In One Bundle of Mortgages, the Subprime Crisis Reverberates
By Peter Eavis - DealBook
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Yet the financial crisis still reverberates for many others, in large part because of the insidious reach of the financial products that Wall Street created. Subprime securities still pose a significant legal risk to the firms that packaged them, and they use up capital that could be deployed elsewhere in the economy.
This is the story of one of those bonds, GSAMP Trust 2007 NC1.
The name is the sort of gobbledygook that is common in the bond market, but it tells a story. The “GS” is derived from Goldman Sachs. The Wall Street firm didn’t actually make mortgages to subprime borrowers that were in the deal. Instead, Goldman bought them from a lender called New Century, the “NC” in the title.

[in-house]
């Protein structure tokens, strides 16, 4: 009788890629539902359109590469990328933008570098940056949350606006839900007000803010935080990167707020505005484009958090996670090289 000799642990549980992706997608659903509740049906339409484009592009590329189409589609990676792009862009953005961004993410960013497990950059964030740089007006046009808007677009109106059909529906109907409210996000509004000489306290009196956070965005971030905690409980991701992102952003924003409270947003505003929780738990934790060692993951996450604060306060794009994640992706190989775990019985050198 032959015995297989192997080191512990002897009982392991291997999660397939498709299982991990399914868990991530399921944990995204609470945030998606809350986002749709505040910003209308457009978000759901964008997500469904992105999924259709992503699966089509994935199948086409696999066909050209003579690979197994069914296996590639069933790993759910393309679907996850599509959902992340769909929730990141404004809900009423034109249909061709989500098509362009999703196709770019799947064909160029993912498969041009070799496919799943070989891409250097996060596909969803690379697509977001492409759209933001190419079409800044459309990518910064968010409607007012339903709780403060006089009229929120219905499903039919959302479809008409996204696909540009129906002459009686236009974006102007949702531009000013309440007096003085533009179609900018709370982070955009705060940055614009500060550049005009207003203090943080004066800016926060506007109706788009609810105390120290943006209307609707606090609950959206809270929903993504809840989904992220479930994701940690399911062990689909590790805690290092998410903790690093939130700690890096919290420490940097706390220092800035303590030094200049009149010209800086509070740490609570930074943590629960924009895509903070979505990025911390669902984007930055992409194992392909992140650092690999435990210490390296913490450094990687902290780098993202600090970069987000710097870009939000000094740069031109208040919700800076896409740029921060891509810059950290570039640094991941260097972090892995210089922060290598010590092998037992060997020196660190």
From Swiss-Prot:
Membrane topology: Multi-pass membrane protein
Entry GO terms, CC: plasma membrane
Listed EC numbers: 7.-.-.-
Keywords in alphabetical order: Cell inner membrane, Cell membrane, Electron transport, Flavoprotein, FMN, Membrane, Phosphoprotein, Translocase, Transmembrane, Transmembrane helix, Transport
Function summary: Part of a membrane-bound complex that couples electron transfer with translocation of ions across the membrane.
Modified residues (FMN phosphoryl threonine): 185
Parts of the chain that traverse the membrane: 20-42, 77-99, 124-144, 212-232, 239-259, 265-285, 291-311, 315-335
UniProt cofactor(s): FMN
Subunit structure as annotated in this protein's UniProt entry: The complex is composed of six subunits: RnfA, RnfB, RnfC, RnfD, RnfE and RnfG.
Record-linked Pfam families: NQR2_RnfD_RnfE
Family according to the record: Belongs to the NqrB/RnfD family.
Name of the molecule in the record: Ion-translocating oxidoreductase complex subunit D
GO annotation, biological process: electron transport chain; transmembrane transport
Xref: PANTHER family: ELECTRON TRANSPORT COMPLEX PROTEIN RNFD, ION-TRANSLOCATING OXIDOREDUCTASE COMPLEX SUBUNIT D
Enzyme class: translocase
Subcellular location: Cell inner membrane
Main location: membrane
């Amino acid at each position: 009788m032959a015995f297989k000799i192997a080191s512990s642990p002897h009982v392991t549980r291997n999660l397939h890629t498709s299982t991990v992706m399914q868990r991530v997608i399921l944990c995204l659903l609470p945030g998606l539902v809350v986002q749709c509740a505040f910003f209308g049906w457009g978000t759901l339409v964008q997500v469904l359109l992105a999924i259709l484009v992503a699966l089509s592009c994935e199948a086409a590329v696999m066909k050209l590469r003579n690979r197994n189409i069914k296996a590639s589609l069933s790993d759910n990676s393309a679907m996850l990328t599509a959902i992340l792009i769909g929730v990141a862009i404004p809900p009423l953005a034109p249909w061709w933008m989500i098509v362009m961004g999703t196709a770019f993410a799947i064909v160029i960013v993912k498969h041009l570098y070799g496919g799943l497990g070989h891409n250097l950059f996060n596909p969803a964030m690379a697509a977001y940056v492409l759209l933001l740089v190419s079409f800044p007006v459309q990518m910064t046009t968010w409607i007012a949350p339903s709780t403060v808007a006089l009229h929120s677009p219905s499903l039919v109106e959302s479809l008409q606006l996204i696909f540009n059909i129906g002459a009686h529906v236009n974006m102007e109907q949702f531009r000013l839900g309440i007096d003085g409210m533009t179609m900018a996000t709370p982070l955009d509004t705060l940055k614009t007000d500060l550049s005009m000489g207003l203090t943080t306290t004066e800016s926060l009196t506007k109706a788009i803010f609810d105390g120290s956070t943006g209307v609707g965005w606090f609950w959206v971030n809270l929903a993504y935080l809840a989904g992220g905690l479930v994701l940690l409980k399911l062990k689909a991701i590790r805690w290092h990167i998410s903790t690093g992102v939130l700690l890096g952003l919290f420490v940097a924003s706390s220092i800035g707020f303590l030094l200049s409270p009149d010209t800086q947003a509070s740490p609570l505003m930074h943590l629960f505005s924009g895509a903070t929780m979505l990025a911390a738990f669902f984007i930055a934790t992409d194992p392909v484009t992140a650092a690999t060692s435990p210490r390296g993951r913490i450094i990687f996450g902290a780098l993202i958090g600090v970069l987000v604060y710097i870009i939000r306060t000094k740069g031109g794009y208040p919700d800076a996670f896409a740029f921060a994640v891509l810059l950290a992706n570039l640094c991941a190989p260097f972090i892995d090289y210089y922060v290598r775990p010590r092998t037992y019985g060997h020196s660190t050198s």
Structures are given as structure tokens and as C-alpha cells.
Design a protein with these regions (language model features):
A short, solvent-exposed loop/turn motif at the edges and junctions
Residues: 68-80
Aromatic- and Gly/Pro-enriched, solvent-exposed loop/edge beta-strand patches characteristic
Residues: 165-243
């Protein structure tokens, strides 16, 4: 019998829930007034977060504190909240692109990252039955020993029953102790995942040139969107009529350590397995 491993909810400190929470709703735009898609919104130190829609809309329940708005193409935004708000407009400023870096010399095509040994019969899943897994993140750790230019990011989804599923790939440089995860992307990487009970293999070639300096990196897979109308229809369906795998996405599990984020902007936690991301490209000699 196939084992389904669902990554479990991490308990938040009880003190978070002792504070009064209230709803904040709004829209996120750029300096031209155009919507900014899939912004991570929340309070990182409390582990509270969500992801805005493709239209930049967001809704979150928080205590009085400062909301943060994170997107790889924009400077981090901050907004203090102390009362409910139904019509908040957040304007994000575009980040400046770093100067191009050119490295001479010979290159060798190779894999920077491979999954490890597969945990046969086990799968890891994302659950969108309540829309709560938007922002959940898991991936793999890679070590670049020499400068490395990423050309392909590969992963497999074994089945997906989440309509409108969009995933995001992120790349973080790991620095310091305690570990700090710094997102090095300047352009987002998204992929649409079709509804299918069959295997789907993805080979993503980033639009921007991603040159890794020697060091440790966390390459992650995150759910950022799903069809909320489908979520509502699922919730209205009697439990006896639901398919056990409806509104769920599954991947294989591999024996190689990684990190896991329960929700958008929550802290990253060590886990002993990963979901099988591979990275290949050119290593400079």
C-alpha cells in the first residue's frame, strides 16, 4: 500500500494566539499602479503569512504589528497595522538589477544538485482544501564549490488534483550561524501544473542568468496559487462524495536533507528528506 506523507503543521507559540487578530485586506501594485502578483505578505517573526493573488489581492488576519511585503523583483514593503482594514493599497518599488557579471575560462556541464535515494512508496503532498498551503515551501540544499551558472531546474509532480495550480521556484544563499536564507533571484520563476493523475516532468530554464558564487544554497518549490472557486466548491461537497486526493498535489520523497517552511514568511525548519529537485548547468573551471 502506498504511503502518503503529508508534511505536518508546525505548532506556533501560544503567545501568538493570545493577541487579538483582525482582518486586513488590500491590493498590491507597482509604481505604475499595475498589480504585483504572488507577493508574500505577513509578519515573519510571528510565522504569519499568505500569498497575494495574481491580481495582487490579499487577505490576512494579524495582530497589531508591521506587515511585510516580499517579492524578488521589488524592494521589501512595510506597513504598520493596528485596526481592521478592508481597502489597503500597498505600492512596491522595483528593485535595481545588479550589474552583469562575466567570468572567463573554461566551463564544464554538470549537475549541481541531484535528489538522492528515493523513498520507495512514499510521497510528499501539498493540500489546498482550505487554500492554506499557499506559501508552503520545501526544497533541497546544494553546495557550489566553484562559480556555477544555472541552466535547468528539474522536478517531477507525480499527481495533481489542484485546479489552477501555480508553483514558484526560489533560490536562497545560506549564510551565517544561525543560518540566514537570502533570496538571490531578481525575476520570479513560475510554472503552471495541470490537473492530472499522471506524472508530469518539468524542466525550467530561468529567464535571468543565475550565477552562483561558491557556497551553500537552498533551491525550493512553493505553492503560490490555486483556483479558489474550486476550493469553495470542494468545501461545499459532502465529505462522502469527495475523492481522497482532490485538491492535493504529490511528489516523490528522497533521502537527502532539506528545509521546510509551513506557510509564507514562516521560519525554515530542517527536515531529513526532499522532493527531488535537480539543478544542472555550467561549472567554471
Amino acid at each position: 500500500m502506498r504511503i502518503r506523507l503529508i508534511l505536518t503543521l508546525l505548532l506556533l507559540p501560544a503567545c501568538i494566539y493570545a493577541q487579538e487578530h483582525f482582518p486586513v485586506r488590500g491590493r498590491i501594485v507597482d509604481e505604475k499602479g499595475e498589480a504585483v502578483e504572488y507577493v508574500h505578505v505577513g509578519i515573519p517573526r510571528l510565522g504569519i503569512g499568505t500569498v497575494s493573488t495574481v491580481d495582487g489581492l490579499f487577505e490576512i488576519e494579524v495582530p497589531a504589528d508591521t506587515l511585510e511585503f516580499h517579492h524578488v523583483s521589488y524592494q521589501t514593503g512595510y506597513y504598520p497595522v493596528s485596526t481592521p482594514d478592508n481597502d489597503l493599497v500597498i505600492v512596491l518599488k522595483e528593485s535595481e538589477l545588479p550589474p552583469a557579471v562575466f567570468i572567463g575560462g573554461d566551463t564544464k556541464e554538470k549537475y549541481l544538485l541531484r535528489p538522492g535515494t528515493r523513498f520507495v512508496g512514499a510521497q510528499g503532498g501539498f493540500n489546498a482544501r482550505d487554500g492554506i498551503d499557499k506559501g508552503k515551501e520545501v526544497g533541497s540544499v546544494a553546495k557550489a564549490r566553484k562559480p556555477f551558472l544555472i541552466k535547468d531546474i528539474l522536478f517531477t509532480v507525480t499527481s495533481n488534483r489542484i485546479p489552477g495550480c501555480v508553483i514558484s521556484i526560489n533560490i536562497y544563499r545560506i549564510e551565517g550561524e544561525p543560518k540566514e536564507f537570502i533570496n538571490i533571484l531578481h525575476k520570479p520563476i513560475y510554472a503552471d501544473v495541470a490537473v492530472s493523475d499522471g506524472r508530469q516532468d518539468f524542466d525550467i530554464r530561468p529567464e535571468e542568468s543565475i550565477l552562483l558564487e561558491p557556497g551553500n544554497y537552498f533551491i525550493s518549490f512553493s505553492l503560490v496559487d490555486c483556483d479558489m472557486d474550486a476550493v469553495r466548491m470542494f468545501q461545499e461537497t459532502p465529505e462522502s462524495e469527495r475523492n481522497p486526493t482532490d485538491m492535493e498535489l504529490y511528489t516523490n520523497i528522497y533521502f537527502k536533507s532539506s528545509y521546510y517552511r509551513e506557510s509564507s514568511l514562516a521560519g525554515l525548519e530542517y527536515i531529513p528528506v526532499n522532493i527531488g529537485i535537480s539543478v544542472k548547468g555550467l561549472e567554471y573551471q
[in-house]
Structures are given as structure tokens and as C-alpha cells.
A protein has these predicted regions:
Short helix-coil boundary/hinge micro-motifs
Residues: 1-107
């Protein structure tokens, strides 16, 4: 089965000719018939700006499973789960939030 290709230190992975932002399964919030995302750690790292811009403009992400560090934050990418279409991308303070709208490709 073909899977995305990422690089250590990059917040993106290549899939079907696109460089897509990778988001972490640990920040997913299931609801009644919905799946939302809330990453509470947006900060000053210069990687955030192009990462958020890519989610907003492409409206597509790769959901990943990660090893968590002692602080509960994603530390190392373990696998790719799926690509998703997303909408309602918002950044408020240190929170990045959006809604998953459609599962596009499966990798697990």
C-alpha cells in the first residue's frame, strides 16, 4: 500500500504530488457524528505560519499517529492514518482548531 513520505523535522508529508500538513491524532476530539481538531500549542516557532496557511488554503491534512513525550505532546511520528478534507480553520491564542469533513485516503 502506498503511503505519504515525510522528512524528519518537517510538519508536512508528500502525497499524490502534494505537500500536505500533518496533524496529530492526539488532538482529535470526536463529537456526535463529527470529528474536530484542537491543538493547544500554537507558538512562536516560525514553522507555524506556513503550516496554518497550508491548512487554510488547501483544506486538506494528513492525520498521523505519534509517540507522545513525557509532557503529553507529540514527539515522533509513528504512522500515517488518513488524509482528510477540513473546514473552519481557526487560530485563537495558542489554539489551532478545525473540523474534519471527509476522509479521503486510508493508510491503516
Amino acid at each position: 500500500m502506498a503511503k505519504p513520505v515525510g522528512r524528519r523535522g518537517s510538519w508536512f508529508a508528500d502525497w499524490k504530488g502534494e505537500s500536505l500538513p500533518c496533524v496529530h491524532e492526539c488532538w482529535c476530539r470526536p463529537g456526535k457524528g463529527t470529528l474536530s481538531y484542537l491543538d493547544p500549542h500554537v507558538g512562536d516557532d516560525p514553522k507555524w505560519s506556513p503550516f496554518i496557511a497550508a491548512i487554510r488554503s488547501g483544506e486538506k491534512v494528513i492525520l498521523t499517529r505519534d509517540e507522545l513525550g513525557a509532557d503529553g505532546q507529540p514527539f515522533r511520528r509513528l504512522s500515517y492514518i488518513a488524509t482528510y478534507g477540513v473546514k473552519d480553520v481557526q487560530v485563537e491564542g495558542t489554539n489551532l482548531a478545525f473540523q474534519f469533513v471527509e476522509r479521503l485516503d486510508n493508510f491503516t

It was New Century that lent to Wendy Fillmore, when she and her husband wanted to buy their house in Las Vegas in 2006. The home cost $276,000. New Century provided two loans, one for a $221,000 loan and a second mortgage for $53,000. Data for the Goldman deal shows that it contains the Fillmores’ larger loan.
Ms. Fillmore’s husband was, and still is, an information technology specialist, and at the time she was working as a transcriber. She recalls the surprise she felt when New Century agreed to the make the mortgages.
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